6. Complete Economic Integration – all of the above but also includes considerable political integration as well. Nations embark on harmonization of economic policies and there tends to be the development of a supranational state making decisions on behalf of member nation’s governments.

Economic integration has the potential to benefit all parties involved and create additional economic welfare. It also brings nations together politically and culturally which again, can be a positive.

Examples of Regional Trade Agreements (RTAs):

  • The number of RTAs has risen from around 70 in 1990 to over 300 today
  • The European Union (EU) – a customs union, a single market and now with a single currency
  • The European Free Trade Area (EFTA)
  • The North American Free Trade Agreement (NAFTA) – created in 1994
  • Mercosur – a customs union between Brazil, Argentina, Uruguay, Paraguay and Venezuela
  • Association of Southeast Asian Nations (ASEAN) Free Trade Area (AFTA)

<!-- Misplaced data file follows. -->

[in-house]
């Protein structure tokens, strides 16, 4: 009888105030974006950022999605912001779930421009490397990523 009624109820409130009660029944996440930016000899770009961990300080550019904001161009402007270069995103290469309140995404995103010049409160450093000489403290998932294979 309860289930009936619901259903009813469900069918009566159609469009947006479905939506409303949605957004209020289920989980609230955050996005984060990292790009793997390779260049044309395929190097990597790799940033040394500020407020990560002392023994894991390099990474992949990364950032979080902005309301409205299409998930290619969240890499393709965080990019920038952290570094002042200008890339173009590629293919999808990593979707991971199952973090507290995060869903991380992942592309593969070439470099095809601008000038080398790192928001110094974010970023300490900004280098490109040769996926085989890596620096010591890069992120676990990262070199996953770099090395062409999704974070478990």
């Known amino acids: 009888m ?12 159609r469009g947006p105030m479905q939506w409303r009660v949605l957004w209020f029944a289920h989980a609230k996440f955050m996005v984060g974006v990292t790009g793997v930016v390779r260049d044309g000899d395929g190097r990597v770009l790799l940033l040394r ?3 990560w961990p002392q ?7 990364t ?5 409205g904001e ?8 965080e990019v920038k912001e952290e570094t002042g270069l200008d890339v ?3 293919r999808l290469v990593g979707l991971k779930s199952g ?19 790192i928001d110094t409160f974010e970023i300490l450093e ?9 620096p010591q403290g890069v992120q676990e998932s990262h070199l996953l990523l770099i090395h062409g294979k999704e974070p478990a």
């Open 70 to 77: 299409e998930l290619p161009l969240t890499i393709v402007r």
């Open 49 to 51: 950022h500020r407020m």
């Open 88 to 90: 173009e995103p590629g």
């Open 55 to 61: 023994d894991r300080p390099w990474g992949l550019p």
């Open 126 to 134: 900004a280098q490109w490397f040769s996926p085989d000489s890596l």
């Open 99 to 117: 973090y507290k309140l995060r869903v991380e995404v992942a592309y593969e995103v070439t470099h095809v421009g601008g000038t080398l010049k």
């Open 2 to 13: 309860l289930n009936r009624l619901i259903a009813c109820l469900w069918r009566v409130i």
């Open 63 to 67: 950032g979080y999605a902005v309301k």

• Common Market of Eastern and Southern Africa (COMESA)
  • South Asian Free Trade Area (SAFTA) created in January 2006 and containing countries such as India and Pakistan

Record Terms of Trade for New Zealand – Q2 2020

New Zealand’s terms of trade rose by 2.5 percent in the June quarter, reaching a new record high.

Terms of Trade – Q2 2020

  • Export prices rose by 2.4 percent – forestry product prices rising by 11.1%, and dairy product prices by 4.1%.
  • Import prices fell by 0.1 percent in the quarter, driven by lower petroleum and petroleum product prices. This is despite higher prices for cellphones, televisions and laptops.